BBC NEWS Americas Africa Europe Middle East South Asia Asia Pacific Arabic Spanish Russian Chinese Welsh
BBCi CATEGORIES   TV   RADIO   COMMUNICATE   WHERE I LIVE   INDEX    SEARCH 

BBC NEWS
 You are in: Health
Front Page 
World 
UK 
UK Politics 
Business 
Sci/Tech 
Health 
Background Briefings 
Medical notes 
Education 
Entertainment 
Talking Point 
In Depth 
AudioVideo 


Commonwealth Games 2002

BBC Sport

BBC Weather

SERVICES 
Tuesday, 17 August, 1999, 11:29 GMT 12:29 UK
TV incontinence campaign controversy
Prescription drugs
Prescription-only drugs cannot be advertised
Doctors fear a ground-breaking television advertising campaign to raise awareness of the problem of incontinence could pave the way for prescription medicines being advertised directly to the public.

They fear such a move would swamp the NHS with inappropriate demand that no doctor could meet.

UK regulations forbid the direct advertising of prescription-only drugs, and the new adverts will not promote any particular brand of drug by name.

However, the incontinence campaign - to be launched this autumn - is sponsored by the pharmaceutical company Pharmacia & Upjohn, and doctors are concerned that amounts to a form of backdoor advertising of their products.

Dr John Chisholm
Dr John Chisholm is worried that the campaign will stimulate excessive demand
They are worried it will stimulate demand for expensive branded products at a time when the government is pressurising doctors to prescribe cheaper generic alternatives.

In the US, where prescription drugs can be freely advertised, the pharmaceutical market is expanding at 12% a year, compared to just 5% a year in Europe.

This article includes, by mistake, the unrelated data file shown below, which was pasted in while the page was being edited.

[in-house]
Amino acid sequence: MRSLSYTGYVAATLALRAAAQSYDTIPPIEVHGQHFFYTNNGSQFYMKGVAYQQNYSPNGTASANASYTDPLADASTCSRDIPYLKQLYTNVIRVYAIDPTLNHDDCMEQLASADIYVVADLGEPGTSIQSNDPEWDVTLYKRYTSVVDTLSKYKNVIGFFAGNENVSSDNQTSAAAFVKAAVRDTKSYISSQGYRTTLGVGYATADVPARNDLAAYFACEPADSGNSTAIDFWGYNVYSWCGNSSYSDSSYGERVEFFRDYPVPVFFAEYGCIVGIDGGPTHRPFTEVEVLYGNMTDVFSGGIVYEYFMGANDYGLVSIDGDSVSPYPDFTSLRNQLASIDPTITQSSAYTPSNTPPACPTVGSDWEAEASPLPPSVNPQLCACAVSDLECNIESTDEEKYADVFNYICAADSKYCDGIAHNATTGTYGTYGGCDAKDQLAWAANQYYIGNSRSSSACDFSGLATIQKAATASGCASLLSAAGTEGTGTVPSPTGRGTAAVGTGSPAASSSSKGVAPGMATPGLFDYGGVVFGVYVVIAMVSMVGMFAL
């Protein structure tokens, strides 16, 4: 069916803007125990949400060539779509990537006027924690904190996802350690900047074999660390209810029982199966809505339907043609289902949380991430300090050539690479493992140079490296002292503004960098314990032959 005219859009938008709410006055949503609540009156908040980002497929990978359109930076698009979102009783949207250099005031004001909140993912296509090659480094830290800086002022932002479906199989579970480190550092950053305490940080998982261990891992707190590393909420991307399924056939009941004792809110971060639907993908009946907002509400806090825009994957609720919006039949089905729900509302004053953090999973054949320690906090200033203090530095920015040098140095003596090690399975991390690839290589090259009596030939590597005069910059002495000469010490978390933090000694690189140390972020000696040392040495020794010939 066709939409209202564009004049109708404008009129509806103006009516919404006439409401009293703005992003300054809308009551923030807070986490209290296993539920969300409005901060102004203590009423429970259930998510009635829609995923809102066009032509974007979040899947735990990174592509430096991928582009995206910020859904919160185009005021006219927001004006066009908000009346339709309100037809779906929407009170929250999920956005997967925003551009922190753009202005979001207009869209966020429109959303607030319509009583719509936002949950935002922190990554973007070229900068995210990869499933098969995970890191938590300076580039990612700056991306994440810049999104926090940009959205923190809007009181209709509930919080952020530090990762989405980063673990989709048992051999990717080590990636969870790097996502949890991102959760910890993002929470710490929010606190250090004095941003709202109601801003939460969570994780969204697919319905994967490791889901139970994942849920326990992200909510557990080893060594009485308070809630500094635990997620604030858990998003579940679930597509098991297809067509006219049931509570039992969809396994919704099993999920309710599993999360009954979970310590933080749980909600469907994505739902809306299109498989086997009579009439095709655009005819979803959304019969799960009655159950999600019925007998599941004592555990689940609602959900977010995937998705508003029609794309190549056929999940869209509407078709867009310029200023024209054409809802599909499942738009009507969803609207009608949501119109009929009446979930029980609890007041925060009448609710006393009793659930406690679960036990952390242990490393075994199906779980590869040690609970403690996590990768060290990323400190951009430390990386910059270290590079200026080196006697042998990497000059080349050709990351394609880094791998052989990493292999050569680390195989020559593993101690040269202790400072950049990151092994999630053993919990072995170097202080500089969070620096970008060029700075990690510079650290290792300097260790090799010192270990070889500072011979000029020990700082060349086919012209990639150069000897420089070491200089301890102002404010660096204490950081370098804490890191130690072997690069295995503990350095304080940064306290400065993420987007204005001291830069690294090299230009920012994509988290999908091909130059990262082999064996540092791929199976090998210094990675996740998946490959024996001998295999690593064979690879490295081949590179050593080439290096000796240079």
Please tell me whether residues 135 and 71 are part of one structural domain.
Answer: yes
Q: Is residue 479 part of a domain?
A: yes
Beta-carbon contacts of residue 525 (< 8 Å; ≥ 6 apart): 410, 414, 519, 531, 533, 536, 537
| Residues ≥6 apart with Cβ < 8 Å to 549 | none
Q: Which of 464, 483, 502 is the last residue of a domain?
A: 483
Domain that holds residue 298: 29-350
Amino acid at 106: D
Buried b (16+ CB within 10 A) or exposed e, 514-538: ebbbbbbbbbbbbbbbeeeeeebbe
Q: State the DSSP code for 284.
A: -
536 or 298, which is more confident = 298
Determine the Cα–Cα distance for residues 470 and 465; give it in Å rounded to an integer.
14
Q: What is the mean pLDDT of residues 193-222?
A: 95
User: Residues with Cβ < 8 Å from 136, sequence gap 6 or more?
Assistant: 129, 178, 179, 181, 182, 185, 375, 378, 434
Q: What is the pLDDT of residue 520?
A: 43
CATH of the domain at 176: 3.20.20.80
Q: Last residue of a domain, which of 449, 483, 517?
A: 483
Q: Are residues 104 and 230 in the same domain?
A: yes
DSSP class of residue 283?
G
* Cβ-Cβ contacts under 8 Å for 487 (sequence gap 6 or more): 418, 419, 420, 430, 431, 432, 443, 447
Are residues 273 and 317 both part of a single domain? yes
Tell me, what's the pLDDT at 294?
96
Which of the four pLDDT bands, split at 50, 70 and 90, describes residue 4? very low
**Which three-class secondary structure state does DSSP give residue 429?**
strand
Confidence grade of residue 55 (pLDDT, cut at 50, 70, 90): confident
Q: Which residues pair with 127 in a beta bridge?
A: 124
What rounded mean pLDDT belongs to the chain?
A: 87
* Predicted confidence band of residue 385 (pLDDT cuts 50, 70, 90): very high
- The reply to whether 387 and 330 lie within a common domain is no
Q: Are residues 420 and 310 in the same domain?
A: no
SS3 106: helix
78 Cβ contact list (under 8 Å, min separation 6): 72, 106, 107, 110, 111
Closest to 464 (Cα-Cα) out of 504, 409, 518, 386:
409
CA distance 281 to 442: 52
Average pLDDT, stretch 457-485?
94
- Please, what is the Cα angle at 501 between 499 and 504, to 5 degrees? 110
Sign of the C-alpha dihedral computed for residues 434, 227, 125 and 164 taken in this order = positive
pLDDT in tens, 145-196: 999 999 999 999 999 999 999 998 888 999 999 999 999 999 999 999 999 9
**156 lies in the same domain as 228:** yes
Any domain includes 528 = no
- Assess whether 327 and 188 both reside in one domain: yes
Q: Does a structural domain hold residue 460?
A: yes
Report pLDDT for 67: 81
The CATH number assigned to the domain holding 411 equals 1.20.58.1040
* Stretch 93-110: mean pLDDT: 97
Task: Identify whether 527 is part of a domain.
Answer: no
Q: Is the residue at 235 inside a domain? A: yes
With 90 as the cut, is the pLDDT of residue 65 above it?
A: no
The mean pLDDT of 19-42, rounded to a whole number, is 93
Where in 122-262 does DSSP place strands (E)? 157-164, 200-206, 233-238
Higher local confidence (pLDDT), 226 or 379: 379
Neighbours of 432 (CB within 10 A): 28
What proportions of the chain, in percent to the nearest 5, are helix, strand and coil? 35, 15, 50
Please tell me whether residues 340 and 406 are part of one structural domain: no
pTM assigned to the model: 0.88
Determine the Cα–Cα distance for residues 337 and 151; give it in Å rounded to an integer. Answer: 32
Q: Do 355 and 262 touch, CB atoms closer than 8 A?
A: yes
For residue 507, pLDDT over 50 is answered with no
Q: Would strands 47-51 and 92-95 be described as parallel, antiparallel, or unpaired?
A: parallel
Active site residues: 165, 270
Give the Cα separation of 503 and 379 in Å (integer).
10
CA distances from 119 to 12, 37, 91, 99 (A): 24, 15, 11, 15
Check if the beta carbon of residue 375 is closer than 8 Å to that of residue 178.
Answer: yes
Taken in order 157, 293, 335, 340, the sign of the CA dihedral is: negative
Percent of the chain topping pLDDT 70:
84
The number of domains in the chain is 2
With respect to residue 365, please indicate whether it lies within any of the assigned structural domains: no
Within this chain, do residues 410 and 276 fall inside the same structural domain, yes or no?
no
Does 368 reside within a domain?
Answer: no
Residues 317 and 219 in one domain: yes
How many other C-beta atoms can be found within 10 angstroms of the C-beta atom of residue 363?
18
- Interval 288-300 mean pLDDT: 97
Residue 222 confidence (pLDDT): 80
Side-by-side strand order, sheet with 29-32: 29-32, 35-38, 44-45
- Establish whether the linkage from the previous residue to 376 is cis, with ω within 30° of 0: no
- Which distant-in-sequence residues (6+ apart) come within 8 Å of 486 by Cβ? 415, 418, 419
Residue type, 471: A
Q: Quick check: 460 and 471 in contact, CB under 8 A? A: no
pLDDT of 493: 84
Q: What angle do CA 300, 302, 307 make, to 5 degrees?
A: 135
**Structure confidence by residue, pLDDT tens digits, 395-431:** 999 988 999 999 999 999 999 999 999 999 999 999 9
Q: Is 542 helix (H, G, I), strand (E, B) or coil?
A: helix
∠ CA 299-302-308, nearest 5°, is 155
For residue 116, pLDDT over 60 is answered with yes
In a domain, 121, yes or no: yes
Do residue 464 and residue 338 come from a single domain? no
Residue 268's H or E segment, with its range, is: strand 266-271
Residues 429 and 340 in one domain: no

Dr John Chisholm, chairman of the British Medical Association's GP Committee, said he welcomed the incontinence campaign which he said would raise awareness about a subject which caused much embarrassment.

But he warned the campaign must not be seen as the first step towards direct advertising of prescription drugs.

He said: "In an under-resourced health service there is only so much money to go round, and, if some of the pharmaceutical companies are actually stimulating a demand in particular areas, that can inhibit the ability of the service to deliver the care that patients need in other areas."

Patients group supports campaign

Claire Rayner
Claire Rayner dismissed doctors' concerns
However, Claire Rayner, president of the Patient's Association, said: "As long as you can make it clear at all times that you are not linking a named drug or a named prescription with the information that you are giving I cannot see there is a problem.

"The fact that this campaign has in tiny letters at the bottom 'sponsored by Pharmacia & Upjohn' - what difference does it make if it does the job?

"The job is to help people who have a very real symptom that they often feel they cannot possibly talk to the doctor about.

They think they are unique. They don't think other people have the problem, and it's very comforting to know that it is common and treatable."

Roy Sutherwood, director of public affairs for Pharmacia & Upjohn, said the company had consulted widely with health professionals and interested groups before launching their campaign.

He said: "This is not advertising, this is a health educational campaign aimed at encouraging patients to seek the help that they need."

Mr Sutherwood said research showed that 23% of people over the age of 40 suffered from urinary incontinence, but up to 50% of suffers never sought medical help for a condition that could be easily treated.

 WATCH/LISTEN
 ON THIS STORY
Video
Sarah Boxhall: "Doctors are concerned the NHS will not be able to cope"
See also:

26 Feb 99 | Health
Incontinence: no laughing matter
Internet links:


The BBC is not responsible for the content of external internet sites

Links to more Health stories are at the foot of the page.


E-mail this story to a friend

Links to more Health stories